Parts

The individual Articles of the Constitution are grouped together into the following Parts:

• Part I-Union and its Territory
• Part II-Citizenship
• Part III-Fundamental Rights
• Part IV-Directive Principles and Fundamental Duties
• Part V-The Union
• Part VI-The Sates
• Part VII-States in the B part of the First schedule
• Part VIII-The Union Territories
• Part IX – Panchayat system and Municipalities
• Part X – The scheduled and Tribal Areas
• Part XI – Relations between the Union and the States
• Part XII – Finance, Property, Contracts and Suits
• Part XIII – Trade and Commerce within the territory of India
• Part XIV – Services Under the Union, the States and Tribunals
• Part XV – Elections
• Part XVI – Special Provisions Relating to certain Classes.
• Part XVII – Languages
• Part XVIII – Emergency Provisions
• Part XIX – Miscellaneous
• Part XX – Amendment of the Constitution
• Part XXI – Temporary, Transitional and Special Provisions
• Part XXII – Short title, date of commencement

Schedules

Schedules are lists in the Constitution that categorize and tabulate bureaucratic activity and policy of the Government.

First Schedule: It explains about the states and territories of India.
Second Schedule: It discusses about the salaries of officials holding public office, judges, and Comptroller and Auditor-General of India.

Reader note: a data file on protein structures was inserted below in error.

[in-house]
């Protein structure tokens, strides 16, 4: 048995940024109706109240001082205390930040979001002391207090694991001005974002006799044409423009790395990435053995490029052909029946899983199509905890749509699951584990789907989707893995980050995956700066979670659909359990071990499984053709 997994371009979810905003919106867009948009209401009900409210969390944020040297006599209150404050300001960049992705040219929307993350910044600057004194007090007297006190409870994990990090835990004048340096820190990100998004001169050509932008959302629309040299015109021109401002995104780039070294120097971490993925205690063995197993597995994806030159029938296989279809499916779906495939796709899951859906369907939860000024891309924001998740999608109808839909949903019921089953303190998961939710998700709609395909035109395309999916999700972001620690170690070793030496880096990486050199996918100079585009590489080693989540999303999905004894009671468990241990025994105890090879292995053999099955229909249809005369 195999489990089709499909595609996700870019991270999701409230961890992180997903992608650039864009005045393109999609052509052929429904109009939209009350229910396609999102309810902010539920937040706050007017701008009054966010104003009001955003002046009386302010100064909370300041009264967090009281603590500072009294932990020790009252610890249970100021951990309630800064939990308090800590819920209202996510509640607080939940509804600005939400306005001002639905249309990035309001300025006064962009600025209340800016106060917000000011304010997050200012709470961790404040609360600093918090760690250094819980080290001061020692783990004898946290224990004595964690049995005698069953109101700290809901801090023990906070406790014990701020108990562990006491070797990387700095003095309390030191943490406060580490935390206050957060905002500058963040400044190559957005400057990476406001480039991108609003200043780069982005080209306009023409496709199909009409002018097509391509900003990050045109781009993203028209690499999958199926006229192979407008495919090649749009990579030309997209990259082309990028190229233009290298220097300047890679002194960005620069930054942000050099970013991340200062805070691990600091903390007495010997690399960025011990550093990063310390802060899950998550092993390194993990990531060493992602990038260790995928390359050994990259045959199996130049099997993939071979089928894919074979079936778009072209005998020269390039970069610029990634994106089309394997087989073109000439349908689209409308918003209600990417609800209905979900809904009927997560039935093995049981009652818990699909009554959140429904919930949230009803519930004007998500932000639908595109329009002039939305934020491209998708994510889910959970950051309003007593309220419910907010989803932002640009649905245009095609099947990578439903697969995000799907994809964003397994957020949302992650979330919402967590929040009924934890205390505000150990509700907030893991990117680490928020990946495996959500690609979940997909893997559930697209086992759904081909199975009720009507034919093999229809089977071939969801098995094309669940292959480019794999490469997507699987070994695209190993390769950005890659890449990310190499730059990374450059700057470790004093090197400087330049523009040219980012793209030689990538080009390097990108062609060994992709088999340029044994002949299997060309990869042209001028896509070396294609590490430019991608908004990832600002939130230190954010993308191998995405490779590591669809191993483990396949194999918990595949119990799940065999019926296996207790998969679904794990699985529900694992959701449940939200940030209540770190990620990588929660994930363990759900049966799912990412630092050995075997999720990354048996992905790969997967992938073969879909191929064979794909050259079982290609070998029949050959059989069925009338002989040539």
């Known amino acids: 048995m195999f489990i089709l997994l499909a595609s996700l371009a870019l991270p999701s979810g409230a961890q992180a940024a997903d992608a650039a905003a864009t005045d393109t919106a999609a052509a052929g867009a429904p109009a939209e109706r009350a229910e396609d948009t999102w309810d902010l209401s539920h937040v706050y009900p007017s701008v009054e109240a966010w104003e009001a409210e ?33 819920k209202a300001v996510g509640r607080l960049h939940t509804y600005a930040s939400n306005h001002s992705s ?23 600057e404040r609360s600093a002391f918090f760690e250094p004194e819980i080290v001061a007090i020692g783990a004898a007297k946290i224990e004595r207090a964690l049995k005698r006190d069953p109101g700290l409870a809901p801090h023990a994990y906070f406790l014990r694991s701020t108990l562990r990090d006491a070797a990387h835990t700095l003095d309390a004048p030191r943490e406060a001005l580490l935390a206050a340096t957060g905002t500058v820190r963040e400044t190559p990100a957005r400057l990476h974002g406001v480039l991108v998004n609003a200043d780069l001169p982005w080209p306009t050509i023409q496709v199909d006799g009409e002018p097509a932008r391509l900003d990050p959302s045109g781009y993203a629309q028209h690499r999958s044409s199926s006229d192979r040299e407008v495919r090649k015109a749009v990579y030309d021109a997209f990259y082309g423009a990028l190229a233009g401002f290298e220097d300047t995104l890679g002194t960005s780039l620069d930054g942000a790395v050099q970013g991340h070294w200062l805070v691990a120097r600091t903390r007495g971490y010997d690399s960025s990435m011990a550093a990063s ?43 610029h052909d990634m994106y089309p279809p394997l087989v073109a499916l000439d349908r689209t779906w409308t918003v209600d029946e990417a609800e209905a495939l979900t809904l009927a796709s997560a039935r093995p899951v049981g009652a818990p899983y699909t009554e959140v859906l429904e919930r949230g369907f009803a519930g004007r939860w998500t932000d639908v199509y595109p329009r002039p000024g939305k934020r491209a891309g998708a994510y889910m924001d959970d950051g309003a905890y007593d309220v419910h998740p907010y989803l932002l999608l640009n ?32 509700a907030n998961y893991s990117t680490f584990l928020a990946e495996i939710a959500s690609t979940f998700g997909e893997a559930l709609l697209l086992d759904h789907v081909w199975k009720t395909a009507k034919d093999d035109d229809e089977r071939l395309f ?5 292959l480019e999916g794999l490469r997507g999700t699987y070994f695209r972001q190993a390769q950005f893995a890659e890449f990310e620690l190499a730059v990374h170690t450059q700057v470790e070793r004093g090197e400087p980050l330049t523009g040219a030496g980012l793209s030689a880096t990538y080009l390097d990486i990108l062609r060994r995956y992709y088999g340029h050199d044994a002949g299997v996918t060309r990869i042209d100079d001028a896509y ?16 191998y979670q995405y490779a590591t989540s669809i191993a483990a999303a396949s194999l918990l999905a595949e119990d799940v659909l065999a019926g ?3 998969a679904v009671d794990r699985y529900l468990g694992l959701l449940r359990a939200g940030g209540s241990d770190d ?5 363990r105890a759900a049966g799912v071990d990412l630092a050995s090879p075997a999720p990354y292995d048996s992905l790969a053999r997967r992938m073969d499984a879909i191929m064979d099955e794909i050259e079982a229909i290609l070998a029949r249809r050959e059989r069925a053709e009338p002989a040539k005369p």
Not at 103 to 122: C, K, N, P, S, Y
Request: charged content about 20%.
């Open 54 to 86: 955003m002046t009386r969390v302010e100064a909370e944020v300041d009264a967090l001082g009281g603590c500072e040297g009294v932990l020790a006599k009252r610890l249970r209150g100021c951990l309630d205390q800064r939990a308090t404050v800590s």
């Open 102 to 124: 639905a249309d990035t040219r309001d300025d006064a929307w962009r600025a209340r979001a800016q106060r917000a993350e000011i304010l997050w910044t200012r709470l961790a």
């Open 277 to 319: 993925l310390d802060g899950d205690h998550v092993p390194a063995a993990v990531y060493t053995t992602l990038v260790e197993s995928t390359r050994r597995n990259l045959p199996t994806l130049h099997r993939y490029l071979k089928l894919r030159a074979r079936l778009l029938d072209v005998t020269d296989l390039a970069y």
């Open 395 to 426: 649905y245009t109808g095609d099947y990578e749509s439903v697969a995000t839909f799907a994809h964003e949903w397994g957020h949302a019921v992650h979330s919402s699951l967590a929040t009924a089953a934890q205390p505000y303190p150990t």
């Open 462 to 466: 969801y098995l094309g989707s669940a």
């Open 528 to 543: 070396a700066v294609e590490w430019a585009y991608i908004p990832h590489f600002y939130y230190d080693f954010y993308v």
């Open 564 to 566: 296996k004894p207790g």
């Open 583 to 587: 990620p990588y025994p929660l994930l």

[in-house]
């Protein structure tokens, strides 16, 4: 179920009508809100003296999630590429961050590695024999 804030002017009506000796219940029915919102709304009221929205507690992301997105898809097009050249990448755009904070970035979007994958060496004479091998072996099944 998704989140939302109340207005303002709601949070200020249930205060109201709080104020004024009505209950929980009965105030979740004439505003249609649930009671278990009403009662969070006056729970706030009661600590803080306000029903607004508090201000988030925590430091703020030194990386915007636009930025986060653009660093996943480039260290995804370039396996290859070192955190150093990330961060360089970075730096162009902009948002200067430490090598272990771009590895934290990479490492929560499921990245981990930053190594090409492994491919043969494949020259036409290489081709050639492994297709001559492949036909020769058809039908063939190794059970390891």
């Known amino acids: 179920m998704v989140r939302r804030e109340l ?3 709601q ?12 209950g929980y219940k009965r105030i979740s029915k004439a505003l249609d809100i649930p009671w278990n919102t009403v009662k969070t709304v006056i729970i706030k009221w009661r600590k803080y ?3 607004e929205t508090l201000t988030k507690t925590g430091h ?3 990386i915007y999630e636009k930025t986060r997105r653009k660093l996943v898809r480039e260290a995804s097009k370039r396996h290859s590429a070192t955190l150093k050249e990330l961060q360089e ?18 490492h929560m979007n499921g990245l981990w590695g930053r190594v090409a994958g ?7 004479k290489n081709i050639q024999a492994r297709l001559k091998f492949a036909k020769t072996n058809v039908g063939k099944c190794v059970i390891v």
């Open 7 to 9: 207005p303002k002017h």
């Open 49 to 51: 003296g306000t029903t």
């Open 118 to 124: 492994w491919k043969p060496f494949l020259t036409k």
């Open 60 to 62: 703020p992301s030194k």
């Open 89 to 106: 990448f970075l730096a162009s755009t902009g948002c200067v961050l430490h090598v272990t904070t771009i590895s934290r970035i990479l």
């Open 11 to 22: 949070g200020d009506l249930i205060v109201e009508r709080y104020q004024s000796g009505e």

Third Schedule: It throws light on the oaths of offices for elected officials and judges.
Fourth Schedule:  It described about the allocation of seats in the Rajya Sabha.
Fifth Schedule: It provides the administration and control of Scheduled Areas and Scheduled Tribes.
Sixth Schedule: It gives the details of the administration of tribal areas in Assam, Meghalaya, Tripura, and Mizoram.
Seventh Schedule:  It explains about the central government, state, and concurrent lists of responsibilities.
Eighth Schedule: It discusses about the official languages.
Ninth Schedule: The Articles mentioned here are immune from judicial review.
Tenth Schedule: It gives the details of “Anti-defection” provisions for Members of Parliament and Members of the State Legislatures.
Eleventh Schedule: Discusses about the Panchayat Raj (rural local government).
Twelfth Schedule: It describes about the Municipalities (urban local government).